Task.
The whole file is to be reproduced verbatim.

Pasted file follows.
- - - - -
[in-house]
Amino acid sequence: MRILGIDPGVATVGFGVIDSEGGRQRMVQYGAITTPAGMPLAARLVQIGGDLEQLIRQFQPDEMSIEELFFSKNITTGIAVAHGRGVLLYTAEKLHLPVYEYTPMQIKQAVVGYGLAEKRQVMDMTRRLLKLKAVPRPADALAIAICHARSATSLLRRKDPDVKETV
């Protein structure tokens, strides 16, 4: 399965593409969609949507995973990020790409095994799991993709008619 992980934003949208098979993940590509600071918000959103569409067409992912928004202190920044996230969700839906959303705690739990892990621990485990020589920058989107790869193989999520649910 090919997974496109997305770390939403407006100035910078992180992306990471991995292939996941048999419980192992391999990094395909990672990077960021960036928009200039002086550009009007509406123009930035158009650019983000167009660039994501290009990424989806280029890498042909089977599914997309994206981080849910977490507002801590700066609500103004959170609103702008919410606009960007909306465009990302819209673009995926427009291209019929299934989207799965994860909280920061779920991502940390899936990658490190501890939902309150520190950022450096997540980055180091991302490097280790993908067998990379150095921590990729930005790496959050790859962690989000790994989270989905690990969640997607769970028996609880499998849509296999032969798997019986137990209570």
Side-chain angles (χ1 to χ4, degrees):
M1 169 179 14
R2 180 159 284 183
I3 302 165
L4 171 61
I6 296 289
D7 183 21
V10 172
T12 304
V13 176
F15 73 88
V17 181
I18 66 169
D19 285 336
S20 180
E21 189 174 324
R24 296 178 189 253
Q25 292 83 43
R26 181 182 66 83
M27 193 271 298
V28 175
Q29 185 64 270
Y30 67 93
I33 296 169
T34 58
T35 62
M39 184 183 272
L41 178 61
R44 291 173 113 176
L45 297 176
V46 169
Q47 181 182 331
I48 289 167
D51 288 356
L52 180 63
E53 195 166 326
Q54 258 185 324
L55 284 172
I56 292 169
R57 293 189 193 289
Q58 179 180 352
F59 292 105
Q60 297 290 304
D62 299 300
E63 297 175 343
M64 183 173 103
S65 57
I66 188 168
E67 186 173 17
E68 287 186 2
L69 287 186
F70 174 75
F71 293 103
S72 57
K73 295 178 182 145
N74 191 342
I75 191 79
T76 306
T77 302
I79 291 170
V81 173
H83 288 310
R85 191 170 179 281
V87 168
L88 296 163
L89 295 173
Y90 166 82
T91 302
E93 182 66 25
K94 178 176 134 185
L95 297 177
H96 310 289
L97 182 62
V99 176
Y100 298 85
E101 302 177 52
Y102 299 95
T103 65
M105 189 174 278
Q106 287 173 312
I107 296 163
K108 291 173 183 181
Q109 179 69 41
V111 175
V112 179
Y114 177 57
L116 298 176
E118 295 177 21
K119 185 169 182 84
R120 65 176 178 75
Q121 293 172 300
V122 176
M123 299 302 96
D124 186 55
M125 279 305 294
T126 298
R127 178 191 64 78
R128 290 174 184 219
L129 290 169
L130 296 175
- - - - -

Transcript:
[in-house]
Amino acid sequence: MRILGIDPGVATVGFGVIDSEGGRQRMVQYGAITTPAGMPLAARLVQIGGDLEQLIRQFQPDEMSIEELFFSKNITTGIAVAHGRGVLLYTAEKLHLPVYEYTPMQIKQAVVGYGLAEKRQVMDMTRRLLKLKAVPRPADALAIAICHARSATSLLRRKDPDVKETV
């Protein structure tokens, strides 16, 4: 399965593409969609949507995973990020790409095994799991993709008619 992980934003949208098979993940590509600071918000959103569409067409992912928004202190920044996230969700839906959303705690739990892990621990485990020589920058989107790869193989999520649910 090919997974496109997305770390939403407006100035910078992180992306990471991995292939996941048999419980192992391999990094395909990672990077960021960036928009200039002086550009009007509406123009930035158009650019983000167009660039994501290009990424989806280029890498042909089977599914997309994206981080849910977490507002801590700066609500103004959170609103702008919410606009960007909306465009990302819209673009995926427009291209019929299934989207799965994860909280920061779920991502940390899936990658490190501890939902309150520190950022450096997540980055180091991302490097280790993908067998990379150095921590990729930005790496959050790859962690989000790994989270989905690990969640997607769970028996609880499998849509296999032969798997019986137990209570």
Side-chain angles (χ1 to χ4, degrees):
M1 169 179 14
R2 180 159 284 183
I3 302 165
L4 171 61
I6 296 289
D7 183 21
V10 172
T12 304
V13 176
F15 73 88
V17 181
I18 66 169
D19 285 336
S20 180
E21 189 174 324
R24 296 178 189 253
Q25 292 83 43
R26 181 182 66 83
M27 193 271 298
V28 175
Q29 185 64 270
Y30 67 93
I33 296 169
T34 58
T35 62
M39 184 183 272
L41 178 61
R44 291 173 113 176
L45 297 176
V46 169
Q47 181 182 331
I48 289 167
D51 288 356
L52 180 63
E53 195 166 326
Q54 258 185 324
L55 284 172
I56 292 169
R57 293 189 193 289
Q58 179 180 352
F59 292 105
Q60 297 290 304
D62 299 300
E63 297 175 343
M64 183 173 103
S65 57
I66 188 168
E67 186 173 17
E68 287 186 2
L69 287 186
F70 174 75
F71 293 103
S72 57
K73 295 178 182 145
N74 191 342
I75 191 79
T76 306
T77 302
I79 291 170
V81 173
H83 288 310
R85 191 170 179 281
V87 168
L88 296 163
L89 295 173
Y90 166 82
T91 302
E93 182 66 25
K94 178 176 134 185
L95 297 177
H96 310 289
L97 182 62
V99 176
Y100 298 85
E101 302 177 52
Y102 299 95
T103 65
M105 189 174 278
Q106 287 173 312
I107 296 163
K108 291 173 183 181
Q109 179 69 41
V111 175
V112 179
Y114 177 57
L116 298 176
E118 295 177 21
K119 185 169 182 84
R120 65 176 178 75
Q121 293 172 300
V122 176
M123 299 302 96
D124 186 55
M125 279 305 294
T126 298
R127 178 191 64 78
R128 290 174 184 219
L129 290 169
L130 296 175